basic ideas

imagination + machine = imachination?

Since Renaissance the image production is more and more influenced by machines. The imachination project asks for the experiences made with images changed by machine interaction.

Imaging has become a complex process - especially in disciplines like astronomy and particle physics. The final visual output is the product of an elevated division of work. So experts from various disciplines (like mathematics, information science, engineering, physics) contribute and influence the pictorial end of the chain. This cooperation means also that different ideas “what an image should be” are part of the pictorial result.[1]

This kaleidoscope of different pictorial conceptions is the playfield of the Imachinations. They want to explore those variaous views. The dialogue with the chain members wants to bring light in how the imaging chain is linked together.

Fig. 1. scheme of the chain of computer based imaging

early labor division in imaging: the studio of Rembrandt

The division of work is nothing new in the imaging history. E.g. the studios of Rembrandt were real picture factories. Rembrandt was more a supervisor leading his staff than a painter. But there is major difference between Rembrandt and the contemporary astronomer. Rembrandt did have the overall view of the whole imaging chain knowing each step of the drawing and painting process. [2] However the astronomer has anymore a detailed overlook, he is a specialist knowing just a part of the imaging procedure.

editor of the last complete compendium of photography: Dr. Joseph Maria Eder, (Vienna, 1855 - 1944)

This process of fragmentation is caused by the ongoing machination of the imaging process. In the history of visual machination there had been two crucial events causing this division: the invention of photography and the application of computers. Those events had been also cuts in imaging politics by disempowering the painter, who had the monopole on the elevated imaging practice. In a certain way photography democratized the creation of images, because the production of images was anymore a question of the skills. But photography even complicated the imaging process. For the comprehension of the whole process you needed the correspondent knowledge in physics and chemistry. So principally the process still could be managed.[3]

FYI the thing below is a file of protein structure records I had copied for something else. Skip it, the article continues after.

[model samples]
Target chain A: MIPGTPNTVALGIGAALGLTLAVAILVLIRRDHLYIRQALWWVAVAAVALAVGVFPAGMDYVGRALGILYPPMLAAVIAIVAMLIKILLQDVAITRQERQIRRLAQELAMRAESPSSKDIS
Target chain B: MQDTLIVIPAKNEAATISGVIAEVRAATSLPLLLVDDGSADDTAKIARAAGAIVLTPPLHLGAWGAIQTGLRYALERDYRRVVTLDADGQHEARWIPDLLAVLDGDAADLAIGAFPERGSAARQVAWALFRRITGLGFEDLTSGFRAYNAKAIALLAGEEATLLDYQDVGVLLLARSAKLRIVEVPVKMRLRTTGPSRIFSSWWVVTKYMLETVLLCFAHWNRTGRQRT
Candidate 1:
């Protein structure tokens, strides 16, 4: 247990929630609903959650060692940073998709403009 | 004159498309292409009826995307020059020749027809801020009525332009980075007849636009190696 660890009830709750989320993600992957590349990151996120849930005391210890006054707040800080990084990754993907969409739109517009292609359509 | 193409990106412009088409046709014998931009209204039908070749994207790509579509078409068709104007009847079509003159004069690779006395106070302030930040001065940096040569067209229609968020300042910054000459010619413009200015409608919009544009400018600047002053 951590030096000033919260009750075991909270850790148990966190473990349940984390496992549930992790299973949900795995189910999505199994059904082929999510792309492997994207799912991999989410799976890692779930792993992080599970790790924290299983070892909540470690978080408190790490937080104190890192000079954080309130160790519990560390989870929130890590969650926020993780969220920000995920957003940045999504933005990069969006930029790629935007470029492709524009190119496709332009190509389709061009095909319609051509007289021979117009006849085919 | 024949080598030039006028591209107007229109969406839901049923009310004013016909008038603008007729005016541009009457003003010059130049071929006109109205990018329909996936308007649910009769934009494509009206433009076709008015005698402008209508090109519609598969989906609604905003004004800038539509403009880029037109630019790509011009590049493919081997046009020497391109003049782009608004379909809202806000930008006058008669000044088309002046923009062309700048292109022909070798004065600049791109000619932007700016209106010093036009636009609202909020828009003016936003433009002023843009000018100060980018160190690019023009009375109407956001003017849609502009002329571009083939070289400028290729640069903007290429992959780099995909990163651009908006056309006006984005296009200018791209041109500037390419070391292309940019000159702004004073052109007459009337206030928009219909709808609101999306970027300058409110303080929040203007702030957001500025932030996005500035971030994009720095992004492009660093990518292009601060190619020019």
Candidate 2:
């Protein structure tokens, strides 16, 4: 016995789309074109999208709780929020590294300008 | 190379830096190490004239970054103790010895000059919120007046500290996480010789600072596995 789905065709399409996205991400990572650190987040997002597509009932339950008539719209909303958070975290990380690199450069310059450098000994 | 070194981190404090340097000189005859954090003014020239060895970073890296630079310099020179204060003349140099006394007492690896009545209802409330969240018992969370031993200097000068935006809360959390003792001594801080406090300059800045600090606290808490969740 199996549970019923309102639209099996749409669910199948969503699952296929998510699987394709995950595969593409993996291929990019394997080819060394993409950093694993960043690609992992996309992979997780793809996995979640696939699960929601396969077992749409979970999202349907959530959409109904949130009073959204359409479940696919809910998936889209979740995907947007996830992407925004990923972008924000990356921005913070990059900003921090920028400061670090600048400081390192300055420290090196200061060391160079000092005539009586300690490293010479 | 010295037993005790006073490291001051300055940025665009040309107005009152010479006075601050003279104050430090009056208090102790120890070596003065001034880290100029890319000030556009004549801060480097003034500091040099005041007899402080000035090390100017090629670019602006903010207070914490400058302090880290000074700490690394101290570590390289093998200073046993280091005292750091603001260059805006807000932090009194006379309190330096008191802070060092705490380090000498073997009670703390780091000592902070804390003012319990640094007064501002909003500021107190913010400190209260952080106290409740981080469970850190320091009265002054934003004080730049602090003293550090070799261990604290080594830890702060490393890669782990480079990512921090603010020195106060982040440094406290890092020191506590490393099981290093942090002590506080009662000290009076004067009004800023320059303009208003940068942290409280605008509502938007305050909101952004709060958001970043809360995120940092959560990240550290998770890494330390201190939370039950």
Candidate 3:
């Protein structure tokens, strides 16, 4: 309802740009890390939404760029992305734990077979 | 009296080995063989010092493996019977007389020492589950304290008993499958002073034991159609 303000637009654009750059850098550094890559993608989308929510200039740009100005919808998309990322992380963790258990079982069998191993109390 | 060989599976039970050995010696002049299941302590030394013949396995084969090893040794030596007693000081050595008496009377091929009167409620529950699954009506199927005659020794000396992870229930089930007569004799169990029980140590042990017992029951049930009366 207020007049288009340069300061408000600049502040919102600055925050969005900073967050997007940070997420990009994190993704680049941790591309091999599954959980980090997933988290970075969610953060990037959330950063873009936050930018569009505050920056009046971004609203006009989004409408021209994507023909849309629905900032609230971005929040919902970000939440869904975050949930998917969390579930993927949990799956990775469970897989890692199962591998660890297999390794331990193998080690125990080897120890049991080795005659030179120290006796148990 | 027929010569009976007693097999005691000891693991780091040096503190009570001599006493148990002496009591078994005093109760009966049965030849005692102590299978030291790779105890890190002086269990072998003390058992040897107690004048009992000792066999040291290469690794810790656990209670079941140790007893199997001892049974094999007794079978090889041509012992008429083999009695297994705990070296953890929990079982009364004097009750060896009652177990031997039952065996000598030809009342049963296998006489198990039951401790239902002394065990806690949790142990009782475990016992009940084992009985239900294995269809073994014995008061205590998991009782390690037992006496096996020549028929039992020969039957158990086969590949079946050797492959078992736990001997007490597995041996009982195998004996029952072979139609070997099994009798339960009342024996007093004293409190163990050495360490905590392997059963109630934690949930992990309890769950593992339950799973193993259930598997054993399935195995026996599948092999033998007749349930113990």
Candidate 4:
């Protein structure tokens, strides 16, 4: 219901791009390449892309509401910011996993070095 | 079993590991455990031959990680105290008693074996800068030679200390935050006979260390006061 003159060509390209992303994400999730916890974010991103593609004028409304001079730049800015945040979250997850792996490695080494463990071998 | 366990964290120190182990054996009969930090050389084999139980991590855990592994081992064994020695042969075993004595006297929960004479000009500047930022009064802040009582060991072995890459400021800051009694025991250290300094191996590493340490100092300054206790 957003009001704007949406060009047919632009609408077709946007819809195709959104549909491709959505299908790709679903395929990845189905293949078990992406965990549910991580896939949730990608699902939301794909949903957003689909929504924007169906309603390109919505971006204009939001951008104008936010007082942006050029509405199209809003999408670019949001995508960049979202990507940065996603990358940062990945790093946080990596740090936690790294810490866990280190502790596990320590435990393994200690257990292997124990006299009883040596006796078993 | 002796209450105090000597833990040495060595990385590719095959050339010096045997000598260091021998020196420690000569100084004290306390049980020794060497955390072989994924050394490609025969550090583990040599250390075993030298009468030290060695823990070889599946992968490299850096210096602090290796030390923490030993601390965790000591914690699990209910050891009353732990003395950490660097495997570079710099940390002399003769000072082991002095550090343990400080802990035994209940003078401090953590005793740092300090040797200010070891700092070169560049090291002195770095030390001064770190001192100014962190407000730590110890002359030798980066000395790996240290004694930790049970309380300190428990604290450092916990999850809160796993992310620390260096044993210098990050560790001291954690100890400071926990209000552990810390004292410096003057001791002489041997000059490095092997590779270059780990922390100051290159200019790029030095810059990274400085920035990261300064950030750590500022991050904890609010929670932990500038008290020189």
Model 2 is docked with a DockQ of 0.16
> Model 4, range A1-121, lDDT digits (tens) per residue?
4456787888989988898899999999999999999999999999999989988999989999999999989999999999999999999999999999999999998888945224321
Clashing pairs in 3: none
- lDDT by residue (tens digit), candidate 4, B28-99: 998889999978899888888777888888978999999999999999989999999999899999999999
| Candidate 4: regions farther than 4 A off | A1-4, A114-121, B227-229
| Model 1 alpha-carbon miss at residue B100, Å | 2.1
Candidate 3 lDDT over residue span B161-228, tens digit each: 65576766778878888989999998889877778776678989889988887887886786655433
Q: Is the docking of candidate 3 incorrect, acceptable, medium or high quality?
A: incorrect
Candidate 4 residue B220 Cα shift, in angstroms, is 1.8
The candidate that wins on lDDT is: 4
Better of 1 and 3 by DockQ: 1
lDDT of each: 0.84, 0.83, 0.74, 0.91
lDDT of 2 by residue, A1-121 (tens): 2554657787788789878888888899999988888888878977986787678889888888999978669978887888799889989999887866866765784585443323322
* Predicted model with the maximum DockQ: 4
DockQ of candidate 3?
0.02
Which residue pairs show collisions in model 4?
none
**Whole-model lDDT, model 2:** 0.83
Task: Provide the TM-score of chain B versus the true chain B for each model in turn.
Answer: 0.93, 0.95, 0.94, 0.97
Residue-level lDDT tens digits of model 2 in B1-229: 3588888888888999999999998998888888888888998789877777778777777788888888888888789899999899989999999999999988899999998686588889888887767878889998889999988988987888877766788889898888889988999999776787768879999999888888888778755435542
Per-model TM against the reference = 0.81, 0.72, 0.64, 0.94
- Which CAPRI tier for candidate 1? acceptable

Finally the computer marks the end of a holistic understanding of the imaging process by a single person.[4] So creating images implicates the participation of a complex system of interaction between experts and machines It has to be taken into account that a steady stuff of at least 50 specialists is needed to run an observatory like Paranal (ESO/Chile). . This is not only a quantitative but also a qualitative change of complexity. Refering more to military techniques Paul Virilio talks about a change from passive to active optics.[5]

So imaging became a system of machine and man. To stress this interplay of human imagination and machine I use the notion of “imachination”. The point of the imachination is not to oppose man and machine but to see them related in a steady exchange.

Fig. 1. history of imachination: a history of rising interplay of human imagination and machine

A new achievement of Renaissance was the mathematization of space by perspective. Today this development of mathematization ended in the digitaliziation of images in single picture elements (pixels).

The history of imachination is not only a development of interplay between man and machine but implicates also a rise of formalization and mathematization of space. This process began with the application of the central perspective in the middle ages. This tradition of formalization of space was continued and automatized by photography. The completion of this process is the computed image pixel or vector, just mathematical coordinates with colour values, a pure res cogitans without extension.